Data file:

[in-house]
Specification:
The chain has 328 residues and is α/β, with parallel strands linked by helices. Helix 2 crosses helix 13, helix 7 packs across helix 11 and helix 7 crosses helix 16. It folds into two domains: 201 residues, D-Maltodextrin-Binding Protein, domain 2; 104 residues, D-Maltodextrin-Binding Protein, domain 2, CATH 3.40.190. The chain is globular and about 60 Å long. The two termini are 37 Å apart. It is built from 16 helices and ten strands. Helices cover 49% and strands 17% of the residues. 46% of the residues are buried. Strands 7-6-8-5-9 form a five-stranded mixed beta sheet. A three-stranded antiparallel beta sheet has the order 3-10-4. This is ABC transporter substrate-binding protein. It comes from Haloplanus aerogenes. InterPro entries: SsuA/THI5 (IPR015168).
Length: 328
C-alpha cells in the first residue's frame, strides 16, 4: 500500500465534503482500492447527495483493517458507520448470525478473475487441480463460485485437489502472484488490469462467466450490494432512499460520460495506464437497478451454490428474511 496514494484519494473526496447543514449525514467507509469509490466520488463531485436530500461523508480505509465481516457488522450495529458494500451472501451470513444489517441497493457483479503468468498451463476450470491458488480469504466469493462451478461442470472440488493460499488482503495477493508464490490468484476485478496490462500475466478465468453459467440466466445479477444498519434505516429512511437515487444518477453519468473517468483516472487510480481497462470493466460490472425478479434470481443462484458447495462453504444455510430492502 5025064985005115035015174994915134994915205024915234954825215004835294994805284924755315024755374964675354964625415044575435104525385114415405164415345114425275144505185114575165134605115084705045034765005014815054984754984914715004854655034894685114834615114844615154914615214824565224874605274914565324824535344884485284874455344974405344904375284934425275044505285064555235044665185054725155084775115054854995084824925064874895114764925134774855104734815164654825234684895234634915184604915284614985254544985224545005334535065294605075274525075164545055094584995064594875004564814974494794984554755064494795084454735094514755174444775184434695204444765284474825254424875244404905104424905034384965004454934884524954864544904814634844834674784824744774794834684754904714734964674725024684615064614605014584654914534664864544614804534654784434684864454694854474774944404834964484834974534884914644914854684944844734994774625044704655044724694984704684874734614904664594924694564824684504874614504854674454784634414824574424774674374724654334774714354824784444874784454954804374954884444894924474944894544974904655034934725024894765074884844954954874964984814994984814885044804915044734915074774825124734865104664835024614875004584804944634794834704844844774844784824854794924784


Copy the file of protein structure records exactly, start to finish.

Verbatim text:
[in-house]
Specification:
The chain has 328 residues and is α/β, with parallel strands linked by helices. Helix 2 crosses helix 13, helix 7 packs across helix 11 and helix 7 crosses helix 16. It folds into two domains: 201 residues, D-Maltodextrin-Binding Protein, domain 2; 104 residues, D-Maltodextrin-Binding Protein, domain 2, CATH 3.40.190. The chain is globular and about 60 Å long. The two termini are 37 Å apart. It is built from 16 helices and ten strands. Helices cover 49% and strands 17% of the residues. 46% of the residues are buried. Strands 7-6-8-5-9 form a five-stranded mixed beta sheet. A three-stranded antiparallel beta sheet has the order 3-10-4. This is ABC transporter substrate-binding protein. It comes from Haloplanus aerogenes. InterPro entries: SsuA/THI5 (IPR015168).
Length: 328
C-alpha cells in the first residue's frame, strides 16, 4: 500500500465534503482500492447527495483493517458507520448470525478473475487441480463460485485437489502472484488490469462467466450490494432512499460520460495506464437497478451454490428474511 496514494484519494473526496447543514449525514467507509469509490466520488463531485436530500461523508480505509465481516457488522450495529458494500451472501451470513444489517441497493457483479503468468498451463476450470491458488480469504466469493462451478461442470472440488493460499488482503495477493508464490490468484476485478496490462500475466478465468453459467440466466445479477444498519434505516429512511437515487444518477453519468473517468483516472487510480481497462470493466460490472425478479434470481443462484458447495462453504444455510430492502 5025064985005115035015174994915134994915205024915234954825215004835294994805284924755315024755374964675354964625415044575435104525385114415405164415345114425275144505185114575165134605115084705045034765005014815054984754984914715004854655034894685114834615114844615154914615214824565224874605274914565324824535344884485284874455344974405344904375284934425275044505285064555235044665185054725155084775115054854995084824925064874895114764925134774855104734815164654825234684895234634915184604915284614985254544985224545005334535065294605075274525075164545055094584995064594875004564814974494794984554755064494795084454735094514755174444775184434695204444765284474825254424875244404905104424905034384965004454934884524954864544904814634844834674784824744774794834684754904714734964674725024684615064614605014584654914534664864544614804534654784434684864454694854474774944404834964484834974534884914644914854684944844734994774625044704655044724694984704684874734614904664594924694564824684504874614504854674454784634414824574424774674374724654334774714354824784444874784454954804374954884444894924474944894544974904655034934725024894765074884844954954874964984814994984814885044804915044734915074774825124734865104664835024614875004584804944634794834704844844774844784824854794924784